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              Studies of nuclear and cytoplasmic behaviour during the five mitotic cycles that precede gastrulation in Drosophila embryogenesis.

              Using differential interference contrast optics, combined with cinematography, we have studied the morphological changes that the living, syncytial embryo undergoes from stage 10 through 14 of Drosophila embryogenesis, that is just prior to and during formation of the cellular blastoderm. We have supplemented these studies with data collected from fixed, stained, whole embryos. The following information has been obtained. The average duration of nuclear cycles 10, 11, 12 and 13 is about 9, 10, 12 and 21 min, respectively (25 degrees C). In these four cycles, the duration of that portion of the mitotic period that lacks a discrete nuclear envelope is 3, 3, 3 and 5 min, respectively. The length of nuclear cycle 14 varies in a position-specific manner throughout the embryo, the shortest cycles being of 65 min duration. During nuclear cycles 10 through 13, it is commonly observed in living embryos that the syncytial blastoderm nuclei enter (and leave) mitosis in one of two waves that originate nearly simultaneously from the opposite anterior and posterior poles of the embryo, and terminate in its midregion. From our preparations of quick-frozen embryos, we estimate that these mitotic waves take on average about half a minute to travel over the embryonic surface from pole to equator. The yolk nuclei, which remain in the core of the embryo when the rest of the nuclei migrate to the periphery, divide in synchrony with the migrating nuclei at nuclear cycles 8 and 9, and just after the now peripherally located nuclei at nuclear cycle 10. After cycle 10, these yolk nuclei cease dividing and become polyploid. The syncytial embryo has at least three distinct levels of cytoskeletal organization: structured domains of cytoplasm are organized around each blastoderm nucleus; radially directed tracks orient colchicine-sensitive saltatory transport throughout the peripheral cytoplasm; and a long-range organization of the core of the embryo makes possible coherent movements of the large inner yolk mass in concert with each nuclear cycle. This highly organized cytoplasm may be involved in providing positional information for the important process of nuclear determination that is known to occur during these stages.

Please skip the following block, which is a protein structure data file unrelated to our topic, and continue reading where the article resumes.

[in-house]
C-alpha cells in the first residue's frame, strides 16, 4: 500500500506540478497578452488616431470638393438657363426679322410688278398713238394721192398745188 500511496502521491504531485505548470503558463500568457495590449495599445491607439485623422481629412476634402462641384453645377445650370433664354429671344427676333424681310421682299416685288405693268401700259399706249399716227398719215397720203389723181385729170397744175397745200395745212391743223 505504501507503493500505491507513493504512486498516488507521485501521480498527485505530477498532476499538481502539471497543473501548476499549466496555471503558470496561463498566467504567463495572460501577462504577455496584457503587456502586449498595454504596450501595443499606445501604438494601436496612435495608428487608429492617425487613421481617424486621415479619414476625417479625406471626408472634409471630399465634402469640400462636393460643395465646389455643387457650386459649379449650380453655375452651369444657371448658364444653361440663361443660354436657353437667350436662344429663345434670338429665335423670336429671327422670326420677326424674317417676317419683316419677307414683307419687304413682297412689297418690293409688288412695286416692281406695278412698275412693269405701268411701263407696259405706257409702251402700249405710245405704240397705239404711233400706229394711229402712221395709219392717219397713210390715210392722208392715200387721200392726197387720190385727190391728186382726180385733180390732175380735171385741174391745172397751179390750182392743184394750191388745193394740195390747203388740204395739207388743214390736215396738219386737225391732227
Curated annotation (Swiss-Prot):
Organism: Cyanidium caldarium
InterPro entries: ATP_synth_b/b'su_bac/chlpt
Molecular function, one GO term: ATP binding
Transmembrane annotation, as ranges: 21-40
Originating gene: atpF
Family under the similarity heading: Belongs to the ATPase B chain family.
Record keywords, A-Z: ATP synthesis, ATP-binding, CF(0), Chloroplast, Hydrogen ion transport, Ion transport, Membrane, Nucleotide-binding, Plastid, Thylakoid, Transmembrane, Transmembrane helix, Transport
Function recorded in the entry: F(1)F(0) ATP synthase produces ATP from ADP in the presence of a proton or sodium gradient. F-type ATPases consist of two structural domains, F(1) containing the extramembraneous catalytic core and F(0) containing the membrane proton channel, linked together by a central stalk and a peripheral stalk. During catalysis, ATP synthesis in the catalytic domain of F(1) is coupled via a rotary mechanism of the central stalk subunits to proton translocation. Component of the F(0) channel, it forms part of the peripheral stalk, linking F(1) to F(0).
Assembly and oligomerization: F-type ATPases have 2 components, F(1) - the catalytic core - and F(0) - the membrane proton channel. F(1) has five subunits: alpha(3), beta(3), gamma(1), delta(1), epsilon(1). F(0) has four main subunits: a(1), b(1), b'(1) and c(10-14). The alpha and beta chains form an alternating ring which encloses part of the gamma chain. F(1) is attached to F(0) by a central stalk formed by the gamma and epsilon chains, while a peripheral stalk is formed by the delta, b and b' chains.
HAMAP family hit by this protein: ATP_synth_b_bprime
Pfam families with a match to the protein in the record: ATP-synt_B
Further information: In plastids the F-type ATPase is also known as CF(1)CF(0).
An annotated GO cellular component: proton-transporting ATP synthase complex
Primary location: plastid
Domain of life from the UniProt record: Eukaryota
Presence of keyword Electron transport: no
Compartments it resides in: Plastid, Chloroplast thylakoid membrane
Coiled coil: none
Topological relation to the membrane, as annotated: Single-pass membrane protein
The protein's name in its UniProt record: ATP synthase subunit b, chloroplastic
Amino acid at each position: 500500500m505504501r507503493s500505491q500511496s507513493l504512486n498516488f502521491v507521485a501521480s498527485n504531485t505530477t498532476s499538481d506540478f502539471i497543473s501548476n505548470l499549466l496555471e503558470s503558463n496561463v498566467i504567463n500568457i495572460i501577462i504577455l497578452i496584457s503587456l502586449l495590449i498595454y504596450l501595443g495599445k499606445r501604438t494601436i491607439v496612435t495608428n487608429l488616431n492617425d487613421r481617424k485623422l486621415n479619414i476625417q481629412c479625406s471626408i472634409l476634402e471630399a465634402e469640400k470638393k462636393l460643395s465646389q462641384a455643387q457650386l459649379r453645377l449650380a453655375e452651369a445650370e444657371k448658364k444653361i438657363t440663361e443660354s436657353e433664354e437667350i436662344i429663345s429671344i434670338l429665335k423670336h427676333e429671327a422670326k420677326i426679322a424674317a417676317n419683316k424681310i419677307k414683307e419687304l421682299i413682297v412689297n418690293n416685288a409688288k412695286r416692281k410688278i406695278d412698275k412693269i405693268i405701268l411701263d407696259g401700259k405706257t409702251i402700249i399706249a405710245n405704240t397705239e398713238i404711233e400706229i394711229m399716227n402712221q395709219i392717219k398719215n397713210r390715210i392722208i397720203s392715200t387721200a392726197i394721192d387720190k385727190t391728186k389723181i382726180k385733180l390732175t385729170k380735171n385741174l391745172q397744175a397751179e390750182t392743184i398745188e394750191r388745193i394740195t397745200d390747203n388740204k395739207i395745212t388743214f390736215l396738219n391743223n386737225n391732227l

Author and article information

                J Cell Biol
                J. Cell Biol
                The Journal of Cell Biology
                The Rockefeller University Press
                2 May 2011
                : 193
                : 3
                : 455-464
                Division of Basic Sciences, Fred Hutchinson Cancer Research Center, Seattle, WA 98109
                Author notes
                Correspondence to Susan M. Parkhurst: susanp@
                © 2011 Abreu-Blanco et al.

                This article is distributed under the terms of an Attribution–Noncommercial–Share Alike–No Mirror Sites license for the first six months after the publication date (see After six months it is available under a Creative Commons License (Attribution–Noncommercial–Share Alike 3.0 Unported license, as described at